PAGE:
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Old 10-22-2015, 07:27 PM   #15
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Quote:
Originally Posted by BatteryPro View Post
Name one.

I have worked on nearly every RV brand made since the 1980’s, from Casitas to Prevost’s. I have yet to find one motorhome without the auxiliary charge circuit either by a solenoid or battery isolator.

Larry
I can't name year, make, or model, but I know from reading on here a number of RVs don't charge the chassis batteries while on shore power or generator. I have always been puzzled by this, anything less than both battery groups charging from whatever available source seems a weakness to me, but it's commonly referred to in the forum:

http://www.irv2.com/forums/f54/chass...er-208028.html
POST #2

http://www.irv2.com/forums/f101/coac...ng-107593.html
POST #2

http://www.irv2.com/forums/f115/engi...es-266911.html
In this post, conflicting information on whether all RVs are equipped to charge all batteries on engine, shore cord, or generator.

http://www.irv2.com/forums/f84/chass...ng-230561.html
Here again it's stated ...Most do not charge chassis batteries on shore power... but again it's argued back and forth.

http://www.irv2.com/forums/f107/coac...no-184235.html
POST #5

http://www.irv2.com/forums/f101/chas...er-259148.html

BatteryPro, Your blanket statement, "I have yet to find one motorhome without the auxiliary charge circuit either by a solenoid or battery isolator." made it sound like you knew something I find not true in all cases. I've read enough posts on here that ask for help when both aren't being charged to know they aren't all just the result of a malfunction. I always suggest that the voltages be read after the batteries have been charged and rested to absorb surface charge, then again take a voltage reading when plugged in to shore power or on engine alternator. It's best to learn the capabilities of your particular RV so you will be able to more quickly learn when it's not performing as it should.
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Old 10-22-2015, 08:07 PM   #16
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Many of the Winnebago gas class A coaches did NOT have the circuitry to charge the chassis batteries from shore power, via the converter, until about 2005/6. Some Monaco coaches also did NOT charge the chassis batteries from shore power.

Charging of the house/coach batteries, along with the chassis batteries,from the engine alternator has been standard on all coaches since at least the 1940's.
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Old 10-23-2015, 08:14 AM   #17
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All of this is very interesting but I don't think a history lesson about charging circuits is what the OP is looking for. I think we need to get back on topic.

In my opinion, if the coach has a duel charging system that is broken it is best to fix it. I have replaced 2 BIRD solenoids on 2 coaches. The first one was a bear because of location. The other was not bad. The OP needs to know that he needs a continuous duty, high currant rating to exceed his charging limit and silver contacts.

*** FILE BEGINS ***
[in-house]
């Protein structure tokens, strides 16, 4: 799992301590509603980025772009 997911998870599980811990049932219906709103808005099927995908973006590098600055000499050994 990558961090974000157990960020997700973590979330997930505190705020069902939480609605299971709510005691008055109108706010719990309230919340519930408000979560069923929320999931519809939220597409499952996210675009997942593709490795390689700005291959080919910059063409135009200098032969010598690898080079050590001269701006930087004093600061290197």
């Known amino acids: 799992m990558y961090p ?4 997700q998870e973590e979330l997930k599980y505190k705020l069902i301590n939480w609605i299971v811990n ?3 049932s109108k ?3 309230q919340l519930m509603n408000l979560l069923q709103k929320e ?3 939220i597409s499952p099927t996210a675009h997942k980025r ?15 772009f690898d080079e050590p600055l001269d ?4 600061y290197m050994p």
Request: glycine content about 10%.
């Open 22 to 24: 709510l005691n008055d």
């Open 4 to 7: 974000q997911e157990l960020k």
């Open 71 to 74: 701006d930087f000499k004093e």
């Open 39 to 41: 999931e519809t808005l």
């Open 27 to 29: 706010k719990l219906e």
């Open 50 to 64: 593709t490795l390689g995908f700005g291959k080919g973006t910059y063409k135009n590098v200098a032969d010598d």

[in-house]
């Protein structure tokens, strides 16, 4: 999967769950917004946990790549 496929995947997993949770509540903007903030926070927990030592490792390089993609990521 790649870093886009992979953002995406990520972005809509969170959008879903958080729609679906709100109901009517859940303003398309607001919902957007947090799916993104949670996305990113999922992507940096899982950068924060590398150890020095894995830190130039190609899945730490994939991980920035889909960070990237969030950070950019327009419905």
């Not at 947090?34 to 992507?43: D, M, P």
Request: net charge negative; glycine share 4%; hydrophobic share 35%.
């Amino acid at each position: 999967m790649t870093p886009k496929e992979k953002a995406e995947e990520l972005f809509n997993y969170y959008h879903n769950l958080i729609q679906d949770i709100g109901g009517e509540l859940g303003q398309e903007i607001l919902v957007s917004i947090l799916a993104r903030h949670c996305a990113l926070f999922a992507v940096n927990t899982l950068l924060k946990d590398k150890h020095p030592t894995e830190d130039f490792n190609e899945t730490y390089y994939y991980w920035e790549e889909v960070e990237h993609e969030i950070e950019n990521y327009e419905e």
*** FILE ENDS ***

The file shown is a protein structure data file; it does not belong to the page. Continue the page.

In flooded cell batteries I recommend using mineral oil in each cell after topping off with distilled water. This helps keep the corrosion factor way down and reduces maintenance on the battery banks.

Happy trails,
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Old 10-23-2015, 09:16 AM   #18
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All of this is very interesting but I don't think a history lesson about charging circuits is what the OP is looking for. I think we need to get back on topic.

In my opinion, if the coach has a duel charging system that is broken it is best to fix it. I have replaced 2 BIRD solenoids on 2 coaches. The first one was a bear because of location. The other was not bad. The OP needs to know that he needs a continuous duty, high currant rating to exceed his charging limit and silver contacts. Rick Y
The OP was given that information in my very first reply, along with a link to the exact BIRD/BCC documentation to identify and fix his problem.

The "history lesson", as you call it, was for the benefit of the usual suspects responding without specific knowledge of the OP's coach.

As for the solenoid specs, the high current rating is necessary to support the Boost function, which can require currents many times higher than the typical charging limit. The need for silver contacts is a good idea, but still, just an opinion.
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Old 10-23-2015, 10:46 AM   #19
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ALL Motorhomes have an Auxiliary Battery Charge circuit.

Quote:
Originally Posted by BFlinn181 View Post

BatteryPro, Your blanket statement, "I have yet to find one motorhome without the auxiliary charge circuit either by a solenoid or battery isolator." made it sound like you knew something I find not true in all cases. I've read enough posts on here that ask for help when both aren't being charged to know they aren't all just the result of a malfunction....